The wolf had crossed the international boundary line at about the point where it intersected the thirtieth minute of the one hundred and eighth meridian | A passage from Cormac McCarthy’s novel The Crossing

The wolf had crossed the international boundary line at about the point where it intersected the thirtieth minute of the one hundred and eighth meridian and she had crossed the old Nations road a mile north of the boundary and followed Whitewater Creek west up into the San Luis Mountains and crossed through the gap north to the Animas range and then crossed the Animas Valley and on into the Peloncillos as told. She carried a scabbedover wound on her hip where her mate had bitten her two weeks before somewhere in the mountains of Sonora. He’d bitten her because she would not leave him. Standing with one forefoot in the jaws of a steeltrap and snarling at her to drive her off where she lay just beyond the reach of the chain. She’d flattened her ears and whined and she would not leave. In the morning they came on horses. She watched from a slope a hundred yards away as he stood up to meet them.

She wandered the eastern slopes of the Sierra de la Madera for a week. Her ancestors had hunted camels and primitive toy horses on these grounds. She found little to eat. Most of the game was slaughtered out of the country. Most of the forest cut to feed the boilers of the stampmills at the mines. The wolves in that country had been killing cattle for a long time but the ignorance of the animals was a puzzle to them. The cows bellowing and bleeding and stumbling through the mountain meadows with their shovel feet and their confusion, bawling and floundering through the fences and dragging posts and wires behind. The ranchers said they brutalized the cattle in a way they did not the wild game. As if the cows evoked in them some anger. As if they were offended by some violation of an old order. Old ceremonies. Old protocols.

She crossed the Bavispe River and moved north. She was carrying her first litter and she had no way to know the trouble she was in. She was moving out of the country not because the game was gone but because the wolves were and she needed them. When she pulled down the veal calf in the snow at the head of Foster Draw in the Peloncillo Mountains of New Mexico she had eaten little but carrion for two weeks and she wore a haunted look and she’d found no trace of wolves at all. She ate and rested and ate again. She ate till her belly dragged and she did not go back. She would not return to a kill. She would not cross a road or a rail line in daylight. She would not cross under a wire fence twice in the same place. These were the new protocols. Strictures that had not existed before. Now they did.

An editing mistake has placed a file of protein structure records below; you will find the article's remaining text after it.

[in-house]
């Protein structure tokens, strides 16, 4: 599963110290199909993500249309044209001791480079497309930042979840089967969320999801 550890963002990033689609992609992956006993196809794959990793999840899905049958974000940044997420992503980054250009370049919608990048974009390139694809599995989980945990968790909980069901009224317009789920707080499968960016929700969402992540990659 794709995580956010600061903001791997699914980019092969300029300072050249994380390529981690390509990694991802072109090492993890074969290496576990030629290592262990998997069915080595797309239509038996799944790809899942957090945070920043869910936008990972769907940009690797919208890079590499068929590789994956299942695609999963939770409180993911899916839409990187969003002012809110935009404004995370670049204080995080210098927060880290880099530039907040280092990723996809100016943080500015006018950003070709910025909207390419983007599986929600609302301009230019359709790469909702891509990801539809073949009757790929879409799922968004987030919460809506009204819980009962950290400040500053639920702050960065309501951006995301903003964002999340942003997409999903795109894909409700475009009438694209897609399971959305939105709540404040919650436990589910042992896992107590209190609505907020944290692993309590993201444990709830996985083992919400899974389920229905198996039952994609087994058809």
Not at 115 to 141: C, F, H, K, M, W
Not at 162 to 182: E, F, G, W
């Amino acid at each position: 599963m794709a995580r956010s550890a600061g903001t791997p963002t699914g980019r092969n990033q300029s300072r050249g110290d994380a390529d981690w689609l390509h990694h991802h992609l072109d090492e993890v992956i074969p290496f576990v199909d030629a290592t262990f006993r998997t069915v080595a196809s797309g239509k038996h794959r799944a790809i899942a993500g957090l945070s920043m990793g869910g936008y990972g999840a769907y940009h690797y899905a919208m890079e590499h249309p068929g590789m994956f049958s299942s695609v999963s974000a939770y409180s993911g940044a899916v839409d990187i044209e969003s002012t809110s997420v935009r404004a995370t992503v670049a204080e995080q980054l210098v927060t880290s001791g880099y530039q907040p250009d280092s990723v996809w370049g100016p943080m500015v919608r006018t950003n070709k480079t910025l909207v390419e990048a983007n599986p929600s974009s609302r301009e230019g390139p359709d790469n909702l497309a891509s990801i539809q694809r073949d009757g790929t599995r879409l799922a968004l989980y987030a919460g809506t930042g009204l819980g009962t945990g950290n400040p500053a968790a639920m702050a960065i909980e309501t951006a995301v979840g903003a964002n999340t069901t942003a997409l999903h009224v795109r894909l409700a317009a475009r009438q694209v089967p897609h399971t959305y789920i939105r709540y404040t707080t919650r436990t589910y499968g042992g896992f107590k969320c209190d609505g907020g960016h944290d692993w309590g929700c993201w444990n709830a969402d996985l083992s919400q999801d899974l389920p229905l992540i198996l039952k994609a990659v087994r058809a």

She ranged west into Cochise County in the state of Arizona, across the south fork of Skeleton Creek and west to the head of Starvation Canyon and south to Hog Canyon Springs. Then east again to the high country between Clanton and Foster draws. At night she would go down onto the Animas Plains and drive the wild antelope, watching them flow and turn in the dust of their own passage where it rose like smoke off the basin floor, watching the precisely indexed articulation of their limbs and the rocking movements of their heads and the slow bunching and the slow extension of their running, looking for anything at all among them that would name to her her quarry.

At this season the does were already carrying calves and as they commonly aborted long before term the one least favored so twice she found these pale unborn still warm and gawking on the ground, milkblue and near translucent in the dawn like beings miscarried from another world entire. She ate even their bones where they lay blind and dying in the snow. Before sunrise she was off the plain and she would raise her muzzle where she stood on some low promontory or rock overlooking the valley and howl and howl again into that terrible silence. She might have left the country altogether if she had not come upon the scent of a wolf just below the high pass west of Black Point. She stopped as if she’d walked into a wall.

She circled the set for the better part of an hour sorting and indexing the varied scents and ordering their sequences in an effort to reconstruct the events that had taken place here. When she left she went down through the pass south following the tracks of the horses now thirty-six hours old.

By evening she’d found all eight of the sets and she was back at the gap of the mountain again where she circled the trap whining. Then she began to dig. She dug a hole alongside the trap until the caving dirt fell away to reveal the trap’s jaw. She stood looking at it. She dug again. When she left the set the trap was sitting naked on the ground with only a handful of dirt over the waxed paper covering the pan and when the boy and his father rode through the gap the following morning that was what they found.

From Cormac McCarthy’s novel The Crossing.

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